LOS ANGELES (CN) – Katy Perry can enter into a bidding war to rent a convent at the center of her dispute with two nuns, a state court judge said Thursday.
Superior Court Judge James Chalfant issued a tentative order granting the Catholic Archbishop of Los Angeles’ request for a preliminary injunction against developer Dana Hollister, who is allegedly paying $25,000 a month to rent the order’s eight-acre property
Hollister, who wants to turn part of the Los Feliz-area Roman villa into a boutique hotel, is the nuns’ preferred buyer for the proposed $15 million sale.
The fight has been over whether archbishop Jose Gomez and the archdiocese has the authority to sell the property to Perry – who is not a party to the legal claim – a point the nuns dispute.
Chalfant said that “unfortunately” for the nuns the “law is clear” – Los Angeles archdiocese has legal authority to control the property.
The judge said he expected the litigation to last more than two years and made clear that Perry would not be able to buy the convent, which she plans to turn into a residence, until the litigation is done.
“You’re not selling to Katy Perry anytime soon,” Chalfant told lawyers for the archbishop.
The two elderly nuns, Sister Rita Callanan and Sister Catherine Holzman, were present in Chalfant’s packed downtown LA courtroom. The pop princess was not in attendance, though her lawyer Michael Starler of Greenberg Traurig was.
The two sisters frequently shook their heads, and gasped and muttered in disdain as the archbishop’s attorney Michael Hennigan assured Chalfant that the nuns would be cared for financially if the judge ordered Hollister removed.
Battle for control of the property has turned ugly, with both sides accusing each other of placing armed security guards on their portions of the property.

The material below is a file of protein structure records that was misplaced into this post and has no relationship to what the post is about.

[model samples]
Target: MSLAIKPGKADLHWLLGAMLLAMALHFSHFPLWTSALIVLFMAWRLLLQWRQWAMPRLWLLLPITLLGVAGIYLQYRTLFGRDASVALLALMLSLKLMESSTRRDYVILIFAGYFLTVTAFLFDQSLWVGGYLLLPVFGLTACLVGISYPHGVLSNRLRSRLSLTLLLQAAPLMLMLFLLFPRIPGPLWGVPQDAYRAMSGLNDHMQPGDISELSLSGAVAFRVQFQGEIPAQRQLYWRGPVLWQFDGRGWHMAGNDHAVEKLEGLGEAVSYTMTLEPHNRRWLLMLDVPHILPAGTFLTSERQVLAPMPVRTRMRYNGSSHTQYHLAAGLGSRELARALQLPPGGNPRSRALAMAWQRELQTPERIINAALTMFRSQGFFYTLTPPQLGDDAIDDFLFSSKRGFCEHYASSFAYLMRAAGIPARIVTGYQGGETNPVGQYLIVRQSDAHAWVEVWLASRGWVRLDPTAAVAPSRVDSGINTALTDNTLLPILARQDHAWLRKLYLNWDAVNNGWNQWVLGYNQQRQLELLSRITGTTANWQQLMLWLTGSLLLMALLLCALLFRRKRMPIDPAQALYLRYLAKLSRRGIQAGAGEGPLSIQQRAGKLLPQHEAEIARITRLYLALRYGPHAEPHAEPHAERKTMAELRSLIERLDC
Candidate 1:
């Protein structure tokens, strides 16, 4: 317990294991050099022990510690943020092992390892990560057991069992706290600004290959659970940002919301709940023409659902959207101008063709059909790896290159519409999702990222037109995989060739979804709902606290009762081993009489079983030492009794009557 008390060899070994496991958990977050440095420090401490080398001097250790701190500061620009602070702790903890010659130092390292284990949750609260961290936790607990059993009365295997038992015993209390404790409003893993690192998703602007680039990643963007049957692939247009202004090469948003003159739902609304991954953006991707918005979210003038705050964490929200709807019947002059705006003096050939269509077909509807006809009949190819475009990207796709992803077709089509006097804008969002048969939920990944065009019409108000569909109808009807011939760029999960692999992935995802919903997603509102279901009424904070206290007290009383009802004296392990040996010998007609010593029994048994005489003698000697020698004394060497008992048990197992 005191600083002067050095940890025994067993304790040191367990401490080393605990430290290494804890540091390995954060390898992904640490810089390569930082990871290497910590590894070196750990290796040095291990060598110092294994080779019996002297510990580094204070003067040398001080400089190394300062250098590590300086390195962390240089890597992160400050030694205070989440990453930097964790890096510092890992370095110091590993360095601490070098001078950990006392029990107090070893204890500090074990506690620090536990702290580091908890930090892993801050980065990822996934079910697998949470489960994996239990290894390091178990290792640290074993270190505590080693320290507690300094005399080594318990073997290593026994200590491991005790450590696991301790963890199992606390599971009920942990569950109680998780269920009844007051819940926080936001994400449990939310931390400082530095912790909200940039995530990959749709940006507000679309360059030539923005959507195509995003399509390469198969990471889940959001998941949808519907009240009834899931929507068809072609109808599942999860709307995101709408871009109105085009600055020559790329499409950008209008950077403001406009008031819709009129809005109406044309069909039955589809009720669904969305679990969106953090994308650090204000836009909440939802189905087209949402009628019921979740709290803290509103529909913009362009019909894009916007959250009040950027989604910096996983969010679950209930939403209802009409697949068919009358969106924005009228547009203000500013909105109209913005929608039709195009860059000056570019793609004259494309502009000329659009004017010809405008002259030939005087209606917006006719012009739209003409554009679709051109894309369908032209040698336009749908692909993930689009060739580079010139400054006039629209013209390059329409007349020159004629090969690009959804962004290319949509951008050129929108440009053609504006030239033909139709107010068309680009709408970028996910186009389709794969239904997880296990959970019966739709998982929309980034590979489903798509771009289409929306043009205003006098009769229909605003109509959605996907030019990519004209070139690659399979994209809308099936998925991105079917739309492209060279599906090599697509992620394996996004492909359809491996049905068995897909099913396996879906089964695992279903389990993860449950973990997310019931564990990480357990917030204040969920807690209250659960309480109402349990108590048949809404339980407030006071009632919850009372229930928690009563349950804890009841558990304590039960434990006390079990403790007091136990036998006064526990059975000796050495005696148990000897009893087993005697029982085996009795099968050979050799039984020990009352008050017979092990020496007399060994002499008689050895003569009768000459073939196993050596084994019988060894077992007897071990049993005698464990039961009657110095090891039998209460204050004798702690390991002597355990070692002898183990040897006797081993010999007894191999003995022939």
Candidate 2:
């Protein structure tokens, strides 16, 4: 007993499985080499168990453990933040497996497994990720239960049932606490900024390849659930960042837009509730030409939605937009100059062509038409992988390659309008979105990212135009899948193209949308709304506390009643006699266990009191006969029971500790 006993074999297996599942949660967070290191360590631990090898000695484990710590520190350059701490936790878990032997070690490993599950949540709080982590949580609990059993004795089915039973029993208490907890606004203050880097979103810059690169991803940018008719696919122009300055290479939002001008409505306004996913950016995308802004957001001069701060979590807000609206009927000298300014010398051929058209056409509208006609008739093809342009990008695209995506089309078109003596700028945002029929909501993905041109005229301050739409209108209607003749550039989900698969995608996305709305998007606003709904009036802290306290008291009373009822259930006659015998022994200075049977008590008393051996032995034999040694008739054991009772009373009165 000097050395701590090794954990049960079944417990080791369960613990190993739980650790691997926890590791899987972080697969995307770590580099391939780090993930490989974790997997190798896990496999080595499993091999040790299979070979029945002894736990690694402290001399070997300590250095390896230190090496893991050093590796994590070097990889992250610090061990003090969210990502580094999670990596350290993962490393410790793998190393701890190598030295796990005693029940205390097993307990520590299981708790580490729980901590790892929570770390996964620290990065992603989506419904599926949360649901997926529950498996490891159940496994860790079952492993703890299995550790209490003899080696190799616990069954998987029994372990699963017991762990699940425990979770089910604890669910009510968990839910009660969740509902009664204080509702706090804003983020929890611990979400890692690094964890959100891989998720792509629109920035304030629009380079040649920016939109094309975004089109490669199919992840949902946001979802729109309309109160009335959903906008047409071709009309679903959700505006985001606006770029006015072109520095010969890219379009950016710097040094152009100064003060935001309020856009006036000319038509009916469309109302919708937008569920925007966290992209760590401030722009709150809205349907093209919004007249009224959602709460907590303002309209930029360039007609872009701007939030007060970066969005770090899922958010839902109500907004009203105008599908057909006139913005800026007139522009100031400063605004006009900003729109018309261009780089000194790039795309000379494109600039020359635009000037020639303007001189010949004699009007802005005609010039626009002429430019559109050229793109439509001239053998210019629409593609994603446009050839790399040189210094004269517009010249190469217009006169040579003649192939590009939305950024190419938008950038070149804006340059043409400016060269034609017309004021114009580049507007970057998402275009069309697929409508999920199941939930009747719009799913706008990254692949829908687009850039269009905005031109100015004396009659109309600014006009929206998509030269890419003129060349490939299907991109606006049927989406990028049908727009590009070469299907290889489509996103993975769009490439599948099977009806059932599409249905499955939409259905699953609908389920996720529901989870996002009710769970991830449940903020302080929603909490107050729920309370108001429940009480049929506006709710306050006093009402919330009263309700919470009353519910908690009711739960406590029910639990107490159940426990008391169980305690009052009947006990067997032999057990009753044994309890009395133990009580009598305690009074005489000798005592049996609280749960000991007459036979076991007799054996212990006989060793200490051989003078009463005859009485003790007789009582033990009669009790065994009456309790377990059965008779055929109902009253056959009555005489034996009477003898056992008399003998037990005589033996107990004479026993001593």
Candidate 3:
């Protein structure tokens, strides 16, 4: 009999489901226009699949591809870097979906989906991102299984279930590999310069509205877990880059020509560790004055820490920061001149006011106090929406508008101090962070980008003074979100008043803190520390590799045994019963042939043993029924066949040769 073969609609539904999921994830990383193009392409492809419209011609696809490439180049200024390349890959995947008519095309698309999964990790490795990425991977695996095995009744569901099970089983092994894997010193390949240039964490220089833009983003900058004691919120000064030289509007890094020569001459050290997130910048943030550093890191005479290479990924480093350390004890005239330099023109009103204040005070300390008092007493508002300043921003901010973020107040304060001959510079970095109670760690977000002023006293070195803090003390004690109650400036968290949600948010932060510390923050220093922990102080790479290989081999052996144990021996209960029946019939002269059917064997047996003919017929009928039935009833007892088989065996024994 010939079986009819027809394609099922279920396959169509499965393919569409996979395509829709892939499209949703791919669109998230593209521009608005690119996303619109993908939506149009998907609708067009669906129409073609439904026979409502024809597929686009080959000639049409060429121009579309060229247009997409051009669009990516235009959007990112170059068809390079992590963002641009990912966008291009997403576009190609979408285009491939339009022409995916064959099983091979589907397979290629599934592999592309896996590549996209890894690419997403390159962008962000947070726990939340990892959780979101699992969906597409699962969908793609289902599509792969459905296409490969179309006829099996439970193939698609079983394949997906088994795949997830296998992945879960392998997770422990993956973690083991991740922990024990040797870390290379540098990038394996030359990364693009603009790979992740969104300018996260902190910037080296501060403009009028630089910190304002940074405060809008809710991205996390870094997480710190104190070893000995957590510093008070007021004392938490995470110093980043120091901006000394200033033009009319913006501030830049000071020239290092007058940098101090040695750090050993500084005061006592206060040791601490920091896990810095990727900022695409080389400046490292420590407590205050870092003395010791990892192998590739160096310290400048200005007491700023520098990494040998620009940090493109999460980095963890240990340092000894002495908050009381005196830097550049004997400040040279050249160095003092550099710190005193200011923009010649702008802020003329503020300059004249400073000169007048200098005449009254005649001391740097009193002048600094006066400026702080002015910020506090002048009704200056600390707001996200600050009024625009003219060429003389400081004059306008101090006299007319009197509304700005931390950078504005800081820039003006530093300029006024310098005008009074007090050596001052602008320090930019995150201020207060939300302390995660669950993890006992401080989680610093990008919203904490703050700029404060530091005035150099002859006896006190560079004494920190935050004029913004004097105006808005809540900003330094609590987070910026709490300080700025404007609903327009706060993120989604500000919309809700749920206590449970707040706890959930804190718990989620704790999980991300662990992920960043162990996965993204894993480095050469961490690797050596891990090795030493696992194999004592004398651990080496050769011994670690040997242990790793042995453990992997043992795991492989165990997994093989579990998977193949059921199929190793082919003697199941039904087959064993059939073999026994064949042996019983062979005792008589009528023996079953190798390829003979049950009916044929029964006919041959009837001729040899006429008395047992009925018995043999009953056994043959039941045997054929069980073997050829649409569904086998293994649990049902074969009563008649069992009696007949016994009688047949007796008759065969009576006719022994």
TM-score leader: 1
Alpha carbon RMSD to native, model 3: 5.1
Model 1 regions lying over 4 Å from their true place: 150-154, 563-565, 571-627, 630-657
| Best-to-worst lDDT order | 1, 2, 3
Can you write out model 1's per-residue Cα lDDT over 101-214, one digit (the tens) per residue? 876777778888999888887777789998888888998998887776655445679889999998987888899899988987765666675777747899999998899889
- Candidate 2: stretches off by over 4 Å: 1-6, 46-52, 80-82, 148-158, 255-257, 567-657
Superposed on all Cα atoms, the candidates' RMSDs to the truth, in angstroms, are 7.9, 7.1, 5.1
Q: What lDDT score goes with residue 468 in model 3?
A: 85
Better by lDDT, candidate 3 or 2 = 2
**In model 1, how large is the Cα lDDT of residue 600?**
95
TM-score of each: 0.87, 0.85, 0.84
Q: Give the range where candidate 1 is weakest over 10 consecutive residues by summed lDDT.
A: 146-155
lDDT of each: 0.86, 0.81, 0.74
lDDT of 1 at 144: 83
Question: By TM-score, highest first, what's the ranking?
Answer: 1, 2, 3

Hollister’s attorney Randy Snyder urged Chalfant to let his client rent the convent until the dispute is over.
“The church has a horrible record of taking care of this property,” Synder said.
Hennigan estimated that rent on the property is $200,000 a month and said that the archbishop’s preference is for the court to order Hollister, who does not reside in the convent, to vacate it until the sale to Perry is finalized.
In a petition filed on July 20, Callanan and Holzman claim that the archdiocese amended the bylaws of their order – The Institute of the Sisters of the Most Holy and Immaculate Heart – to oust them and installed Gomez and bishop John Brennan as directors.
During the hearing, the nuns’ attorney Bernard Resser told the court that the takeover was a “coup.”
“They can’t just come in and amend the bylaws. Directors have to amend the bylaws,” Resser said.
During the hearing, Hennigan took the unusual step of conferring with Starler in the gallery to confirm that Perry would be willing to pay rent on the convent.
The archbishop sought a preliminary injunction to establish it has the authority to push through the sale to Perry. But the nuns are contesting the church’s authority to sanction the sale.
Chalfant said he believes Gomez has the power to sell the property for the benefit of the five nuns because the Pope had given the archbishop that authority.
“There is no doubt in my mind that the sale to Dana Hollister was improper and invalid,” Chalfant said.
Resser said after the hearing that his clients are less than enamored with having Perry take up residence because of her public image, and said Hollister had put $100,000 in an escrow account for the convent.
Perry has reportedly offered $10 million for the convent and another $4.5 million to buy out the archdiocese’s lease on a retreat house.
Though Chalfant said the preliminary injunction is a done deal he said he still needs to sort out the “nature” of his order to ensure the nuns are cared for.
He continued the hearing until September 15 so that parties can appraise the property to determine the value of the rent and make a determination on whether Perry or Hollister should cover those costs.
The judge said that as part of his order he would order armed security to leave.
- WWE Brain Injury Case Moved to Connecticut
- Multimillion Coin-Fraud Verdict Needs Revisiting